Children’s wellbeing is being put at risk by national nurse shortages, leaders have warned.
Their caution comes as a new report shows a rising number of young people are struggling with poor mental health.
“Without proper workforce planning, the situation for children and young people will only worsen”
NHS Digital has today released the latest in a series of surveys looking into the state of children’s mental health in England.
The data reveals that the prevalence of mental illness among five to 15-year-olds has increased from 9.7% in 1999, to 10.1% in 2004 and 11.2% in 2017.
The most recent survey carried out last year was expanded to cover people from the age of five and 19. Of the 9,117 respondents, one in eight (12.8%) had at least one mental disorder.
Responding to the figures, Fiona Smith, professional lead for children and young people at the Royal College of Nursing, said: “The rate of children and young people experiencing mental health problems shows no signs of reversing.
“Health visitors, school nurses and mental health nurses play a crucial role in promoting emotional health and wellbeing and caring for children and young people with mental health needs.
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“They also provide essential support for families and teachers and can intervene early enough to stop children needing specialist help, and therefore should be central to the government’s focus on prevention.
“However, despite their proven experience and effectiveness, registered nurses are being replaced by ‘mental health practitioners’, who do not have the same level of education and experience as registered nurses.”
Ms Smith was referring to a new role being introduced in January 2019 to support the government’s ambition to increase access to mental health care for children and young people working in both education and health settings.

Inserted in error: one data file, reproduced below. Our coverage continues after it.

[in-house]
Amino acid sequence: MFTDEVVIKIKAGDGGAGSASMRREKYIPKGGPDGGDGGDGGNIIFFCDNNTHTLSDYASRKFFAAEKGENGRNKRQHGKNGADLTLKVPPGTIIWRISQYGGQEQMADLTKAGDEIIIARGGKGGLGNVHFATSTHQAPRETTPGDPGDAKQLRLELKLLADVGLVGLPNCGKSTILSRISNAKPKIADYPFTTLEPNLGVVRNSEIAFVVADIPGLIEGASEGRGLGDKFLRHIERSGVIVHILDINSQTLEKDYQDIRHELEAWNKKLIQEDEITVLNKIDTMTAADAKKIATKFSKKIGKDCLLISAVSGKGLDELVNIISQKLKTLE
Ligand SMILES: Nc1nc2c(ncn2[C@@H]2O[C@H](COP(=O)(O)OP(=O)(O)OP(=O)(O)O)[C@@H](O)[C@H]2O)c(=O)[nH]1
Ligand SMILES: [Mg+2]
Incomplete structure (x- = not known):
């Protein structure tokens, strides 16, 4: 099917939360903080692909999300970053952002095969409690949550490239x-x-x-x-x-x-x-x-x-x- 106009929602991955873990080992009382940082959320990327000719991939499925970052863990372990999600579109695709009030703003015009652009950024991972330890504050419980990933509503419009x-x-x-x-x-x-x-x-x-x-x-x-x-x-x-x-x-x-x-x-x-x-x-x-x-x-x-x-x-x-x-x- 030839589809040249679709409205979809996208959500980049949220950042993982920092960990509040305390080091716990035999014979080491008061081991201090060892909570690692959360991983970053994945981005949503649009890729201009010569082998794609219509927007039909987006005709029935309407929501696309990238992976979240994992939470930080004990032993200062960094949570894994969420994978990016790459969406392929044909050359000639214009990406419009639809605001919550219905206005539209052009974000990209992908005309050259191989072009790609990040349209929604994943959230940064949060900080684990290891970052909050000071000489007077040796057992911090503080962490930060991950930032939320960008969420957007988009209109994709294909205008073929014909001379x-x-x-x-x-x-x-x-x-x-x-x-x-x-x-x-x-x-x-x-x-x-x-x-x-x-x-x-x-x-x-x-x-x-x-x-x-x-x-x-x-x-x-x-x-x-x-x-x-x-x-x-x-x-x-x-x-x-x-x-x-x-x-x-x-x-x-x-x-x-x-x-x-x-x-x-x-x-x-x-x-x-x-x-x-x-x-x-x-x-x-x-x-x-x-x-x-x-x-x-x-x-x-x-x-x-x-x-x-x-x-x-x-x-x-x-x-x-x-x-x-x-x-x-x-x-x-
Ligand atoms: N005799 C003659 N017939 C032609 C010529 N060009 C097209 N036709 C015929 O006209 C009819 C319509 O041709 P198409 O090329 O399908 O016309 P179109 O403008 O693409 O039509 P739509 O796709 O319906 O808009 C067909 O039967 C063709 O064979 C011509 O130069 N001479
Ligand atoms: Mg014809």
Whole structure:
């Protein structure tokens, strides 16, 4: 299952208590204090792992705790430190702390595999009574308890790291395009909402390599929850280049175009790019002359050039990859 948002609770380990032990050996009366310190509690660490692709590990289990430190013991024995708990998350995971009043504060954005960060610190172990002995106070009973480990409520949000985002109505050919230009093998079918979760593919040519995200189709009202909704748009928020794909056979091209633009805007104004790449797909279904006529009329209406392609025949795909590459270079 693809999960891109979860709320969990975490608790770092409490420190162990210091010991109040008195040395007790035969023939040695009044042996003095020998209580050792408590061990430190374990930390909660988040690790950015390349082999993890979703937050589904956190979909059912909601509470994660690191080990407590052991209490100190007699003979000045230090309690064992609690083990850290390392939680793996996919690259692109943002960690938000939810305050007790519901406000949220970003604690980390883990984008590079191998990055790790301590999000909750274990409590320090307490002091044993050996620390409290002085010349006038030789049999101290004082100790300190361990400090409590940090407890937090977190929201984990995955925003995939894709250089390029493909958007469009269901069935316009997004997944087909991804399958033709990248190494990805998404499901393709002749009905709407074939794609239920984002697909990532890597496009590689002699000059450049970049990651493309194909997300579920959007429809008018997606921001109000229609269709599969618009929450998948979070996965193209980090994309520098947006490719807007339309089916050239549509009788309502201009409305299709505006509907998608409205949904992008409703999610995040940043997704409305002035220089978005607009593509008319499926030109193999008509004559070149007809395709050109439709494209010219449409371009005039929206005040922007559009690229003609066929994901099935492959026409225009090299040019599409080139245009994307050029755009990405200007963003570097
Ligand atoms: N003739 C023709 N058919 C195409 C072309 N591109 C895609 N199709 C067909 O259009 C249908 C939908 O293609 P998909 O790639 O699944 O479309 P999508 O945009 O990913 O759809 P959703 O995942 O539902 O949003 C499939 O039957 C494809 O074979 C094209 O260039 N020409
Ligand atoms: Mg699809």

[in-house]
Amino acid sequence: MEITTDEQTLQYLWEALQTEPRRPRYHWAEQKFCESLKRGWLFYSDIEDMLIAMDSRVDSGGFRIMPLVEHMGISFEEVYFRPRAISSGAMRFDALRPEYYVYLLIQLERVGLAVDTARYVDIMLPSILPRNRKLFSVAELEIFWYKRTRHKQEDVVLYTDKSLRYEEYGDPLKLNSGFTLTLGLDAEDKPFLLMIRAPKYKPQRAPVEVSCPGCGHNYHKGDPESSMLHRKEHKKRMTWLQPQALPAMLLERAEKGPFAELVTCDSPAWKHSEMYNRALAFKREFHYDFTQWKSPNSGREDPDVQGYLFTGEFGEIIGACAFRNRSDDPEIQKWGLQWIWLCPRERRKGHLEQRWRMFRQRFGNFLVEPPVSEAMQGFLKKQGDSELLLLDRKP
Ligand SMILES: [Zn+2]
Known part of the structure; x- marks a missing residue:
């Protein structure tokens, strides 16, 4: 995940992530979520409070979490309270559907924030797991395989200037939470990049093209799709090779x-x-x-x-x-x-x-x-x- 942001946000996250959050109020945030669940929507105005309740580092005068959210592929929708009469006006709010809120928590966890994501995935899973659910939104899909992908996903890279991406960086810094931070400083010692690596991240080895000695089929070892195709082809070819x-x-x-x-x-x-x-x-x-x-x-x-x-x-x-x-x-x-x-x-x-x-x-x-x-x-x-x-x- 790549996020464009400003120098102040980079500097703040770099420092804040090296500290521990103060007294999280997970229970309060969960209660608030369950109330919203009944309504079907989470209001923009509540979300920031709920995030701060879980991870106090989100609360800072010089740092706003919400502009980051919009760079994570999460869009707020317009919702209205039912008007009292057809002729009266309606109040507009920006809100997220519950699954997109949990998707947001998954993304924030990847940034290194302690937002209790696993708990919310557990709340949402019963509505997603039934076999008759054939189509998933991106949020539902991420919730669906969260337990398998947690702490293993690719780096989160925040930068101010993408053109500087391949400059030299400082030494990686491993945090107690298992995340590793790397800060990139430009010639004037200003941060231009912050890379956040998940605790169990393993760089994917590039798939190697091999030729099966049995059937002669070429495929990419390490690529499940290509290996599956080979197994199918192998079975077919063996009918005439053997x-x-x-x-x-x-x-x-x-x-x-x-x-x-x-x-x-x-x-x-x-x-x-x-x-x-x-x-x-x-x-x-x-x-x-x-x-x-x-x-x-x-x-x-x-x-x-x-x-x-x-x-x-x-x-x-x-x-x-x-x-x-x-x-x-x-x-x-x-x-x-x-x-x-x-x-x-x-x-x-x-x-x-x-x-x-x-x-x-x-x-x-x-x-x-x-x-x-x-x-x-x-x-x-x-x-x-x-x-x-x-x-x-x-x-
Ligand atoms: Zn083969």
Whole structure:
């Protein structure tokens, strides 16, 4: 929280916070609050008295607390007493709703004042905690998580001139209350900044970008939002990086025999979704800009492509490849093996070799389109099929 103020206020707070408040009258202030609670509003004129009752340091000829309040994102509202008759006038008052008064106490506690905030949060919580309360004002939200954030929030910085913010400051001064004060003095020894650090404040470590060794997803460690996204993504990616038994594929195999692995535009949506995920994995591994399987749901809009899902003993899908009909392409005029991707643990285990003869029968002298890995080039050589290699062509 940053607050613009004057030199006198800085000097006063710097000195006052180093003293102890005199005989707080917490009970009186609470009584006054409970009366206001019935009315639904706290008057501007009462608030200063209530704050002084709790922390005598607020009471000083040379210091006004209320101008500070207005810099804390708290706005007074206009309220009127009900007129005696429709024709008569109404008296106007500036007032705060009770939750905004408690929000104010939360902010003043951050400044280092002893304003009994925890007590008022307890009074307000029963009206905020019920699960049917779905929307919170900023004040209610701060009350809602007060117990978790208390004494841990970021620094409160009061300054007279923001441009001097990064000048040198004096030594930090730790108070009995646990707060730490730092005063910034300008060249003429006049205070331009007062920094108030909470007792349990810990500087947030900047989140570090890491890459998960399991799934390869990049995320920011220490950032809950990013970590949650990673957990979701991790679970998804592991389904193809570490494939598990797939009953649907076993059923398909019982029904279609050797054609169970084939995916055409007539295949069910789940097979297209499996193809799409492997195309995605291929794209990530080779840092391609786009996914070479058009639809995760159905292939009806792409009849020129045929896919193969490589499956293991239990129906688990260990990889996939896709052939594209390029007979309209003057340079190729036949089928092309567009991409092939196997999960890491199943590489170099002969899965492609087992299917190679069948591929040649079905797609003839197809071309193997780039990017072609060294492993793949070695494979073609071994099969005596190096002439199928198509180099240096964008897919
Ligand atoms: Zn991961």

“It is absolutely critical that we have the resources to give the right support to every child or young person that needs it at the earliest possible stage”
To become a mental health practitioner, students will have to complete a one-year training course.
Ms Smith warned that nursing was in the midst of a “workforce crisis” and that roles critical to the delivery of children and young people’s mental health services were particularly hard-hit.
Latest figures released today show the number of school nurses in the NHS workforce have continued to drop, plummeting to 2,187 in August – the lowest level since the data set began in September 2009.
Meanwhile, health visitors have declined from 8,100 to 7,768 over the same period.
There has been a 42% drop in learning disability nurses and 13% fall in mental health nurses.
“Without proper workforce planning, the situation for children and young people will only worsen,” Ms Smith warned.
“The RCN is calling for legislation in England to ensure that there is accountability in national workforce supply and planning, so that the health and care system can meet the needs of patients.”
Sean Duggan, chief executive of the Mental Health Network, which is part of the NHS Confederation, said the increase in mental disorders among the young was “deeply concerning” but added that greater awareness must be welcomed.
“It is absolutely critical that we have the resources to give the right support to every child or young person that needs it at the earliest possible stage,” he added.
A Department for Health and Social Care spokeswoman said it was ensuring 70,000 more children a year had access to specialist mental health care by 2020-21, as well as piloting a four-week waiting time standard for treatment and teaching pupils what good mental and physical health looks like.
She also cited the introduction mental health practitioners as part of the government’s response to improving the wellbeing of young people.